The clear weather continued throughout the evening and I resolved to take a “midnight sun” picture at the appropriate moment. In the event the fog rolled over the ship around 11pm but I resolved to take the picture anyway. By 11:45 or so Azura was sounding her fog horn so I wasn’t expecting much, but just before midnight they fell silent and I got the image below. Not bad in the circumstances, and it certainly shows that there was still daylight at midnight. It’s possible that if I’d gone up to a high deck I might have been above the mist.

 

 

Tomorrow (today as I write this) we’re in Isafjordur. I’ll publish a post about it tomorrow, but here’s a spoiler: it was very different!

I took the pictures below during the departure from Alesund yesterday afternoon. As you can see, it was grey, dark and threatening.

 

We left Ålesund at nearly 6 o’clock, and after some manoeuvres near the harbour were heading out to sea shortly afterwards. Although the weather had brightened a bit over the town – it had at least stopped raining – out in the seaward approaches it was dark and unwelcoming, with what looked like rain over the mountains on the outer islands. I went out onto the balcony and took some pictures, a few of which seem to be ok. But I could see rain squalls in the distance and, wimp that I am, once we’d sailed into one I retreated back into the cabin. Hopefully I’ll be able to post them later on Thursday. (I’m hoping to be able to upload this post early on Thursday once I get a phone signal at Akureyri. Assuming I get a phone signal at Akureyri….) 

This is probably a good time to say that my internet strategy has worked well so far. Basically I haven’t bought a package on this cruise; instead, I’m drafting posts and preparing pictures offline. When I’m in port I connect to the internet via roaming on my phone, which since last week is free! I do this by setting up a Personal Hotspot on my iPhone and connecting the iPad and/or the laptop to that, mainly over Bluetooth. Then I can upload the posts & images from the iPad, etc, via the phone, effectively for free. Of course it does mean no connectivity during sea days but that’s no bad thing, actually. Best of all, Val is happy – she says it’s much more relaxing to not have me prowling the ship desperately seeking a good wifi signal and expressing my frustration when I was having connection problems. So it’s a win/win situation, and all for free – I’m on a 12 Gb monthly data allowance deal with EE. (Last word from Val – “there’s also no last minute panic as he tries to use up all his on-board internet allowance before we disembark!”)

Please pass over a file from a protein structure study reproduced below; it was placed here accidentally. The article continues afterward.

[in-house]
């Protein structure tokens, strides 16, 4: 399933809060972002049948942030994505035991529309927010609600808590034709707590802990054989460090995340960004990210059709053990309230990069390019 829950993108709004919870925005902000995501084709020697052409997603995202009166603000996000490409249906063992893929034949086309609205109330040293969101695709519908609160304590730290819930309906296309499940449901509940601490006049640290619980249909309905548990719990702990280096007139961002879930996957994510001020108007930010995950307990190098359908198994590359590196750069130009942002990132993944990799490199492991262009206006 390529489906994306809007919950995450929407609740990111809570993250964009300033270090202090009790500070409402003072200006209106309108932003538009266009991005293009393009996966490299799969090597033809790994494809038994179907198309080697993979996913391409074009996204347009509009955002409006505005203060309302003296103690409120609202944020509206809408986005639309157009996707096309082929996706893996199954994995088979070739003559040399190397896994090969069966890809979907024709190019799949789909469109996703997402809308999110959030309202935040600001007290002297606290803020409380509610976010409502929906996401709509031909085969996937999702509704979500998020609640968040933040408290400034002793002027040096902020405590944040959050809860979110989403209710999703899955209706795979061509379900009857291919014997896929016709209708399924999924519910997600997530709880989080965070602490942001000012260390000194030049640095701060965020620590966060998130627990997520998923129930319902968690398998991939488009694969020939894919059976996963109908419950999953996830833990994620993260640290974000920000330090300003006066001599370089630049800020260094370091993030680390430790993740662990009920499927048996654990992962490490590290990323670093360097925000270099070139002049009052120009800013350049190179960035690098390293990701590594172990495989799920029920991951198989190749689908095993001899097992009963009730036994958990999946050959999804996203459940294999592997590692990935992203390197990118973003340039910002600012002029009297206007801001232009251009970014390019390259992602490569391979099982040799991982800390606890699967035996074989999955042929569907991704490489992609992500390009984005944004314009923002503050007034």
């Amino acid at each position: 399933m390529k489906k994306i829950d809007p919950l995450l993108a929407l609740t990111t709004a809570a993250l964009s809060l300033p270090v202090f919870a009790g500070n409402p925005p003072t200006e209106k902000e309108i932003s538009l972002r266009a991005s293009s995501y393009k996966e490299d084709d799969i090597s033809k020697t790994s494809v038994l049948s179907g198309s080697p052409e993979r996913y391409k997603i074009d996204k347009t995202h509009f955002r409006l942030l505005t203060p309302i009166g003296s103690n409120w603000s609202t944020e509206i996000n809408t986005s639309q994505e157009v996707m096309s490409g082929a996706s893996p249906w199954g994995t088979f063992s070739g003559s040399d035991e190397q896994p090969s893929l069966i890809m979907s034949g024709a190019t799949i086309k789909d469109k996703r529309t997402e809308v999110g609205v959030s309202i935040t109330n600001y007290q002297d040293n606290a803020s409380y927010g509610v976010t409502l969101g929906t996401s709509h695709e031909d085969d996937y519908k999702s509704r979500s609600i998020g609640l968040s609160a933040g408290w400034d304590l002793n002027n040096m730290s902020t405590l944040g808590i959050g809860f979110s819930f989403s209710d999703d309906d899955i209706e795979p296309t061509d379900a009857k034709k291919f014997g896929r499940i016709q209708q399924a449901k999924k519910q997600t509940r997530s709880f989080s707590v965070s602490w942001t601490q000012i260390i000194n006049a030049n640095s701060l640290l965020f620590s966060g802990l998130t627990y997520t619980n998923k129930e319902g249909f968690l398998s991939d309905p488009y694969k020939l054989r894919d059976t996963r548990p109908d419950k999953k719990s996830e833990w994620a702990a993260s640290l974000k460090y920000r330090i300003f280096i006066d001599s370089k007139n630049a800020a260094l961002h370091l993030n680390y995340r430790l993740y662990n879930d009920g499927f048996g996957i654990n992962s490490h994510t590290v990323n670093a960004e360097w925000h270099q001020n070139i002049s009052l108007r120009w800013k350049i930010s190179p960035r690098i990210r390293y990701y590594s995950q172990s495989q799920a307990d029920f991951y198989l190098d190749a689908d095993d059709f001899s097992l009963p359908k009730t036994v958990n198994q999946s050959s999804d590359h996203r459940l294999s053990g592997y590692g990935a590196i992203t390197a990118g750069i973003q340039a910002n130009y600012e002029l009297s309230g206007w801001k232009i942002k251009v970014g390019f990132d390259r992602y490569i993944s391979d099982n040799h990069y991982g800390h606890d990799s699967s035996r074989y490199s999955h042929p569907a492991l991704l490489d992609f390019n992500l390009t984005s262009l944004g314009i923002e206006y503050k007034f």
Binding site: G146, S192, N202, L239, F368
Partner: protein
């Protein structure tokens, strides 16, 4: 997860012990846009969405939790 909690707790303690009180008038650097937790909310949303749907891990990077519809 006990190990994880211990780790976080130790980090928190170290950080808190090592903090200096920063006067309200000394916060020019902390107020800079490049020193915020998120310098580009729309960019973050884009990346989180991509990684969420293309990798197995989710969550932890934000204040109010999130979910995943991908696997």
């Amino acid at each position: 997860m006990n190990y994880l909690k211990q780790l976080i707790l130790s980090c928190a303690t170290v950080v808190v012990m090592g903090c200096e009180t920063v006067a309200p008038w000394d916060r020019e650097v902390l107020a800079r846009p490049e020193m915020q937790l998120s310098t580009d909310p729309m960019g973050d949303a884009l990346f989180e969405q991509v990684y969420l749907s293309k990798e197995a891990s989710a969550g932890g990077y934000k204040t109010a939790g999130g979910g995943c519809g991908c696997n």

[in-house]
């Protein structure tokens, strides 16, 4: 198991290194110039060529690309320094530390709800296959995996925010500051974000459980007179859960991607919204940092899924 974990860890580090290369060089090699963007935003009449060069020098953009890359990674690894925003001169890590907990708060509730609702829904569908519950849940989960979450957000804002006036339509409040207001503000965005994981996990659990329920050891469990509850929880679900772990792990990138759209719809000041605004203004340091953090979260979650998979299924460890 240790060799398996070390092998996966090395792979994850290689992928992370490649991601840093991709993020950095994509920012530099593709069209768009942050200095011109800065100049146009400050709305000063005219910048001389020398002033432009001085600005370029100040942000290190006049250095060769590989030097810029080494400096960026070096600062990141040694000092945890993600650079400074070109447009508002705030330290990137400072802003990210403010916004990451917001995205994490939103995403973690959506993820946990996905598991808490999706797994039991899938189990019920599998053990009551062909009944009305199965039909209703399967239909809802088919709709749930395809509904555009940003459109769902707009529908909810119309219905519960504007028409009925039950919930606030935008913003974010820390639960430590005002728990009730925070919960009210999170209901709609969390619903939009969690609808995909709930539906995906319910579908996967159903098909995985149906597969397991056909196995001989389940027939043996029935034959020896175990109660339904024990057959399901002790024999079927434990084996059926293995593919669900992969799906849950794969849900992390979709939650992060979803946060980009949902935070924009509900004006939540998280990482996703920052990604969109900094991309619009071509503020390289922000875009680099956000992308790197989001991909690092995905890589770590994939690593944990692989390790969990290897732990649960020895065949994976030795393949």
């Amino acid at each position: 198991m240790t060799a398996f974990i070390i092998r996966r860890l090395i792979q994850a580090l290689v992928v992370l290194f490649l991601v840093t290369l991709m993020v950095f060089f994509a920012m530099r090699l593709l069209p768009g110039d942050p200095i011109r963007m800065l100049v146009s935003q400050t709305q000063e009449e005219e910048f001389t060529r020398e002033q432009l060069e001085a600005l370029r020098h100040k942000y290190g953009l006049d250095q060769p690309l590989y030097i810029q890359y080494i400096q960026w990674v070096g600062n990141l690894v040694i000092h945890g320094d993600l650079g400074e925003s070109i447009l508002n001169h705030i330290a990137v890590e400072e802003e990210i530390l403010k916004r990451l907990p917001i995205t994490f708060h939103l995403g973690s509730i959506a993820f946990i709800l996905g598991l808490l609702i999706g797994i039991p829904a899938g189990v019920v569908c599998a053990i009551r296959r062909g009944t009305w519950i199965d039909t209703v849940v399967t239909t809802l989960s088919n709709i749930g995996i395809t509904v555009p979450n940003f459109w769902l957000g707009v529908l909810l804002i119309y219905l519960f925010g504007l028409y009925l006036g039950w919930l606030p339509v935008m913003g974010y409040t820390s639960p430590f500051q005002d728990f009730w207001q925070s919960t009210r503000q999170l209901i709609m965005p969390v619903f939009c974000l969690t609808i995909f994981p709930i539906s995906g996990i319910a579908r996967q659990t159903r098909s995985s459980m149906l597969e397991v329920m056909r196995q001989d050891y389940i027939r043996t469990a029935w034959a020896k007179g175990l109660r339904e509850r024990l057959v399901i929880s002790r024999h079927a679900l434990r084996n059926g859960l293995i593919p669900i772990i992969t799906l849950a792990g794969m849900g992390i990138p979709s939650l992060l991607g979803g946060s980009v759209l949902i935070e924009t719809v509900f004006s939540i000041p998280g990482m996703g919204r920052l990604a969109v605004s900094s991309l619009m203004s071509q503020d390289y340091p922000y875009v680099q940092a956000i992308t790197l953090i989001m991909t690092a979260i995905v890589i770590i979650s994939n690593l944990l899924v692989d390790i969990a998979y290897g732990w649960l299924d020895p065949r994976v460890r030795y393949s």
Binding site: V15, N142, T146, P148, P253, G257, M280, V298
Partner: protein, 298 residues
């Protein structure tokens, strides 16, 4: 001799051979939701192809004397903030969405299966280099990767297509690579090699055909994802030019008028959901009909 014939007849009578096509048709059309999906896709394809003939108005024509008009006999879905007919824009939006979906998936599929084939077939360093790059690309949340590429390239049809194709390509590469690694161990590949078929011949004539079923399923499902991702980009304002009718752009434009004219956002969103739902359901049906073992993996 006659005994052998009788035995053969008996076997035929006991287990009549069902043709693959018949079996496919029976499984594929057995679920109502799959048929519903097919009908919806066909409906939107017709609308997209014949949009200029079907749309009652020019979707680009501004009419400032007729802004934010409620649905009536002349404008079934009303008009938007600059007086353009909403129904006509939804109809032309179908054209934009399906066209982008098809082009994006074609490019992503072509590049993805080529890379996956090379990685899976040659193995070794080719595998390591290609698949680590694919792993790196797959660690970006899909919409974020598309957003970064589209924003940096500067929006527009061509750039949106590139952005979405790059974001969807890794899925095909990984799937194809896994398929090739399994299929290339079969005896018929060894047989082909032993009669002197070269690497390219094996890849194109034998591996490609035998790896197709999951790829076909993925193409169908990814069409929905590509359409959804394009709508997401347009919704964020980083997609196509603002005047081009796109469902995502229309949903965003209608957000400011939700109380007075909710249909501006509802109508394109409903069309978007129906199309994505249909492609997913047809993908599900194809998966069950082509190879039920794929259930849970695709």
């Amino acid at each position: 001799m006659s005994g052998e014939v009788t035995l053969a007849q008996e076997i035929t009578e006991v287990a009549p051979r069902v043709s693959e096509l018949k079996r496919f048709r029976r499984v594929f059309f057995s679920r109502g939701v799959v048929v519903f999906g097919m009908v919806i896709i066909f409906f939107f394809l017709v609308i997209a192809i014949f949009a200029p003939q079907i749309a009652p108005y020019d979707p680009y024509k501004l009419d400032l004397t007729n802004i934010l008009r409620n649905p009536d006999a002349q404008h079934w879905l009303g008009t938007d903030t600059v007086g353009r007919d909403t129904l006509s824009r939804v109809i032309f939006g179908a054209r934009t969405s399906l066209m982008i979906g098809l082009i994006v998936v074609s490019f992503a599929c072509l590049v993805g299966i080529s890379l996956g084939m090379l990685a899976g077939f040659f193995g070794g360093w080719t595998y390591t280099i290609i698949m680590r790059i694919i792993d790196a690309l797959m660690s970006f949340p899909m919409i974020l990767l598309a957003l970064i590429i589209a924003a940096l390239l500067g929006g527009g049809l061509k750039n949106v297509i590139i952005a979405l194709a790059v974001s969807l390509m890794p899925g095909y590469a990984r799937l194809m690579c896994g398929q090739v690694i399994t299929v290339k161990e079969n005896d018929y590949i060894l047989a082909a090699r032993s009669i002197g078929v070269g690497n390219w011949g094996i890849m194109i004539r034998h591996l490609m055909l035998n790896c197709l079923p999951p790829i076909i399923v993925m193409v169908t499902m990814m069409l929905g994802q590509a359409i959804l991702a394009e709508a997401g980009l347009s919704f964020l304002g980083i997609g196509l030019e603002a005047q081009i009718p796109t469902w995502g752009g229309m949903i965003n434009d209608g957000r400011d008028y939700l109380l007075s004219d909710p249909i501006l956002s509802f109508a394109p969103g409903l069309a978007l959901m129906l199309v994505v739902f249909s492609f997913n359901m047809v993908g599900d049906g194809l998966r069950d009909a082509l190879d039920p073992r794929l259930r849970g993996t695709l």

Last night we went for a meal in Sindhu. On this cruise the charge is £20 per person; including drinks we spent just about £50. I think it was worth it, though if I’m being truthful it didn’t seem quite as outstanding as it has on other cruises. Nothing wrong with anything, it just didn’t seem as special. We’re going again later in the cruise when they’ll be offering a different menu and I’ll report back from that as well. We have decided to not eat in The Epicurean this cruise – that no longer seems a worthwhile deal at £30 per person which we believe is the current price – we’re actually having trouble finding the actual figure.

Today has been a sea day during the passage from Norway to Iceland. The weather has been pretty good, with high cloud with some small patches of blue sky, but it’s been cold – it was 9° when we last looked just after lunch. We’ve been quite busy. We got up early so I could bag a washing machine when the launderette opened at 8 o’clock (successfully done). Fortunately, the early rise was compensated by the fact that the clocks went back last night thus giving an extra hour’s sleep. Having been on European time for the calls at Norway we’re back on UK time now, and we’ll get another hour tonight. Later this morning we watched a film in the theatre – “Sully – Miracle on the Hudson” – which we enjoyed. After that we had lunch and once again got into an interesting conversation at the buffet table, and after that we attended a talk on Oscar Wilde, one of a series being given by guest speaker Priscilla Morris on well-known literary figures. We enjoyed it and just about managed to stay awake, even after what might have been a too-big lunch. We certainly did better than the chap behind us who was snoring away for most of the talk.

Tonight is the second formal night, and tomorrow we arrive in Iceland.